A recent, sharp rise in mortgage-interest rates has raised concerns about whether the housing recovery will soften as home loans become more expensive.
Last week, the average rate nationwide for a 30-year mortgage jumped to 4.46 percent from 3.93 percent - the biggest one-week increase since 1987 and the highest rate since July 2011, according to the Federal Home Loan Mortgage Corp.
"We do think that, as rates go higher, there will be additional affordability issues," said Brad Hunter, a Florida-based economist for the real estate research firm MetroStudy Inc.
"Everyone is getting nervous now as the Fed is taking away the Kool-Aid bowl soon," he said. Rates started moving up after the Federal Reserve said on June 19 that it might end its economic-stimulation program by the end of this year or in 2014.
An increase in interest rates could temper the housing recovery in several ways.
For one thing, higher rates would mean prospective buyers could afford less house, possibly easing demand for homes.
For another, the equity funds that have been buying up foreclosures would likely go looking elsewhere for better ways to invest their money, which would likely limit competition for new listings. Home builders may be pressured by higher carrying costs, even as fewer prospects show up to tour their model units. And homeowners not interested in selling would be less likely to refinance their existing loans.
Here's a closer look at the effect of rising rates:
Buyers: For home buyers, many of whom have struggled since the recession and global credit crisis to
qualify for mortgages, an uptick in rates would also cut into their buying power once they were approved for a loan.
For example, buyers who obtained a $200,000 mortgage when interest rates were about 3.5 percent in April landed a monthly payment of about $900. But if rates head north to 5 percent, buyers hoping to get that same monthly payment would have to limit their mortgage to $170,000 - or $30,000 less than they could have afforded with the lower loan rate.
In a talk to Congress last month, Fed Chairman Ben Bernanke noted that housing's vital role in the nation's economic recovery is due partly to the real estate-related jobs it creates "but also because higher house prices increase consumer wealth and promote consumer spending."
Over the 30-year life of a $200,000 mortgage, however, a home buyer would pay an additional $63,000 in interest with a 5 percent rate than with a 3.5 percent rate - money not available for spending on consumer goods or services.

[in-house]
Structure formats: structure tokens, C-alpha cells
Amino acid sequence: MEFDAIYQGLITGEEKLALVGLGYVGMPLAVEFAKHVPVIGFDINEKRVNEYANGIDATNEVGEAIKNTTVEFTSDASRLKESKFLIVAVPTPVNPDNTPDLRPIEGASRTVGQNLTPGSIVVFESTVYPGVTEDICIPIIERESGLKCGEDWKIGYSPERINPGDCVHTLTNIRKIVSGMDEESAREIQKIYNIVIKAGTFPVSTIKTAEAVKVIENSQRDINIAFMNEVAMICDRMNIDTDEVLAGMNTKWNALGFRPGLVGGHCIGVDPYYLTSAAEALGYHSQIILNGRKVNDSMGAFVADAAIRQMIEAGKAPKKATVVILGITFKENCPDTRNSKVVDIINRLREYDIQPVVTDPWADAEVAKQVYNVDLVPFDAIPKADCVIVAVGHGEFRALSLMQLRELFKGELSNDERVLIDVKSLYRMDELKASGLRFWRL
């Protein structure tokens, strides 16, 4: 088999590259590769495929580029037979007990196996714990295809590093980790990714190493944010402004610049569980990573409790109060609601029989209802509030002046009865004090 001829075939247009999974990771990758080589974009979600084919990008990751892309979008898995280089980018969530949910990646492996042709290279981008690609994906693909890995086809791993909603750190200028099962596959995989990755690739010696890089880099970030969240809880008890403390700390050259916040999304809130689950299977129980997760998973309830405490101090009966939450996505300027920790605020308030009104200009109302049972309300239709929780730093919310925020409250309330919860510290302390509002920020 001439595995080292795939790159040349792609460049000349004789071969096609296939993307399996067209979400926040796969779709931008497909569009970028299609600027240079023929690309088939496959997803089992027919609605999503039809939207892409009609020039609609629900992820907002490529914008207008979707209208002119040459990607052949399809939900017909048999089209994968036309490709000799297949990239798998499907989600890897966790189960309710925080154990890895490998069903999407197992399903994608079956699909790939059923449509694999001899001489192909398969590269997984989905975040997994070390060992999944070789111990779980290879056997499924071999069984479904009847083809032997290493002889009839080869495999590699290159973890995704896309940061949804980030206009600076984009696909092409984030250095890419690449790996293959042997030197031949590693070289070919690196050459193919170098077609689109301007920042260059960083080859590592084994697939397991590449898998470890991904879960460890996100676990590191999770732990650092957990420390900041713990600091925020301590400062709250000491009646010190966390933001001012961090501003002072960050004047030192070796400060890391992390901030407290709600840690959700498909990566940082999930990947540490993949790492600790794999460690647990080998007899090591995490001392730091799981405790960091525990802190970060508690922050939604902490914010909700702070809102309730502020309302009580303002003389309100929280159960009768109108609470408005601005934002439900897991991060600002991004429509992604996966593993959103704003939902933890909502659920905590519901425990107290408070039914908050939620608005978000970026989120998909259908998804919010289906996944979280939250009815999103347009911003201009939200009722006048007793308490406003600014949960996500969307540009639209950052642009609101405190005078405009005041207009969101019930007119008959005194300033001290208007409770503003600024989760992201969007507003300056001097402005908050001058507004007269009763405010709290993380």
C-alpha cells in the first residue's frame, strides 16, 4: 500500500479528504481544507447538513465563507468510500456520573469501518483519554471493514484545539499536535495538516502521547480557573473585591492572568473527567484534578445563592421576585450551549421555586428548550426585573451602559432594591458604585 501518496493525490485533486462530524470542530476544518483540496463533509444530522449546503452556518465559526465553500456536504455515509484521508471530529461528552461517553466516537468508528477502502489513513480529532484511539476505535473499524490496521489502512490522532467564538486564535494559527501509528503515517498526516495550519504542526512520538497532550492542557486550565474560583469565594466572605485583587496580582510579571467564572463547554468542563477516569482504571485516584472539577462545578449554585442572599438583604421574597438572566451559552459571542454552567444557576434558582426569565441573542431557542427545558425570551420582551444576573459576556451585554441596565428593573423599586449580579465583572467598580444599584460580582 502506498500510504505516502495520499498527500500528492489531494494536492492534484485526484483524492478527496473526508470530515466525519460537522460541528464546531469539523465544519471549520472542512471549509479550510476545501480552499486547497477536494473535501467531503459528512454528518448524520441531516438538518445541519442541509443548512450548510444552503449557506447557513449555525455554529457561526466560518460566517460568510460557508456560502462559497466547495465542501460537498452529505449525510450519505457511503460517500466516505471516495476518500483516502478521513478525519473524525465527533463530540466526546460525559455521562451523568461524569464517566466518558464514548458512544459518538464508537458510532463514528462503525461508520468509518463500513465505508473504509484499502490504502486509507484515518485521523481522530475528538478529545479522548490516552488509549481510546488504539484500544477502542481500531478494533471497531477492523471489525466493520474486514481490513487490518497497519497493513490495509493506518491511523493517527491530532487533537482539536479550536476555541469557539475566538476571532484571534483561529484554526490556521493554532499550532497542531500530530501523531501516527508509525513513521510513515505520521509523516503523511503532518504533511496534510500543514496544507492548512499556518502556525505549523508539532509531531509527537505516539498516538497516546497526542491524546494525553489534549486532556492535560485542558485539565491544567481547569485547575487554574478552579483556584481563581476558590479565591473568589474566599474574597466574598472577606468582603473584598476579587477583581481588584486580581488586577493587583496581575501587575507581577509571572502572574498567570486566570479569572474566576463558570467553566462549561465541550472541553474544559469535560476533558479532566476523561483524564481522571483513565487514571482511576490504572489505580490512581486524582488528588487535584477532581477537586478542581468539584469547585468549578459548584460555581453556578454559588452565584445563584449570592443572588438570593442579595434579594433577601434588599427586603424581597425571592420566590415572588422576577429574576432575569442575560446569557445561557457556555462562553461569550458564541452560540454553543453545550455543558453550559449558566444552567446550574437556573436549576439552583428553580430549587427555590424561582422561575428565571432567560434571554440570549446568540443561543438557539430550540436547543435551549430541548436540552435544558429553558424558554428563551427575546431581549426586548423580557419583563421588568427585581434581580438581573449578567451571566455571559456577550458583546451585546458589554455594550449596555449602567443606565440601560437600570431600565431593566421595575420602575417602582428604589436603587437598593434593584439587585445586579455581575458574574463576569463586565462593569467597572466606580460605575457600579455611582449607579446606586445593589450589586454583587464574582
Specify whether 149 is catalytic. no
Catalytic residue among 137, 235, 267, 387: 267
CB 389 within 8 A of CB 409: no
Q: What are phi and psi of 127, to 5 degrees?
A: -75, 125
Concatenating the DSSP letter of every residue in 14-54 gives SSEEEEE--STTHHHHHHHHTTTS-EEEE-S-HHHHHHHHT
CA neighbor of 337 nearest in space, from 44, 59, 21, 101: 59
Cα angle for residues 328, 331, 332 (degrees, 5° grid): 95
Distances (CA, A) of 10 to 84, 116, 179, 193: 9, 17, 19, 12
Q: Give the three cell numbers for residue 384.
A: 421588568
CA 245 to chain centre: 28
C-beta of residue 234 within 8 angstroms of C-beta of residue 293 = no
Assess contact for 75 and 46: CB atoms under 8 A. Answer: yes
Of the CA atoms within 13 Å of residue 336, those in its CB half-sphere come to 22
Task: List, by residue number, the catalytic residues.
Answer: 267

And even though mortgage lenders stand to earn more money with higher rates of return on their loans, borrowers would not find it easier to qualify for home loans should interest rates keep rising, said Rob Nunziata, president of Orlando, Fla.-based FBC Mortgage LLC.
"With some of the new regulations taking effect soon, such as QM - qualified mortgage - I think you will see lenders actually tighten guidelines as opposed to loosen them," he said.
The qualified mortgage rule, issued by the federal government's Consumer Financial Protection Bureau, aims to crack down on loose lending practices. Among other provisions, it does not allow mortgages that would bring a home buyer's total monthly debt payments, including property taxes and insurance, to more than 43 percent of the person's gross income.
Investors: Institutional buyers are likely to slow the pace of their distress-sale home purchases if interest rates rise and other investments become more attractive. Whether they also dump the properties they have already purchased or hang onto them would depend on the demand for single-family-home rental properties.
"I think the major equity players, like Blackstone (Group), that brought volume purchases to the real estate industry will retreat from the purchase of individual homes," said Owen Beitsch, senior principal of Real Estate Research Consultants Inc. of Orlando. "This asset class is simply much too management-intensive, and the spread between cost and return is decreasing."
John Tuccillo, chief economist for Florida Realtors, said he expects the pace of investor purchases to slow "during the next year or so." He added that, while he doesn't expect equity funds to sell off their newly acquired houses, he figures they will cut back on picking up new ones.
Diminished demand for investment houses would put pressure on prices to fall, though areas with low inventory would more easily handle an increase in available properties without prices tanking.
Builders: Home builders would also have to adjust as prospective buyers grapple with reduced spending power. A certain slice of that group would scale back their search to existing-home listings, said Hunter, the MetroStudy economist. Others would settle for smaller new homes or for developments in more-remote locations, he added. And builders would face costlier carrying costs for land and materials as they wait for enough buyers to close out a project.
In the short term, Hunter said, the jump in interest rates could give the market a boost, as prospective home buyers who have been hesitating to act decide to buy now, assuming rates will only continue to rise.
Homeowners: For those already in a home and intent on staying there, refinancing their current mortgage would make less sense if rates continue to escalate, Nunziata said.
The number of refinanced mortgages grew significantly in 2011-12, with home-purchase loans becoming a smaller part of the overall mortgage mix, he said. The last time the refinance market experienced a big boost, he noted, was back in 2001-03, when rates dropped to 5.25 percent from 7.25 percent.
Mortgage lenders who have been specializing in refis are likely to go out of business "sooner than later" if interest rates keep rising, he added.
"The lenders that focus on purchase business will be in good shape, as long as the economy continues to improve," Nunziata said.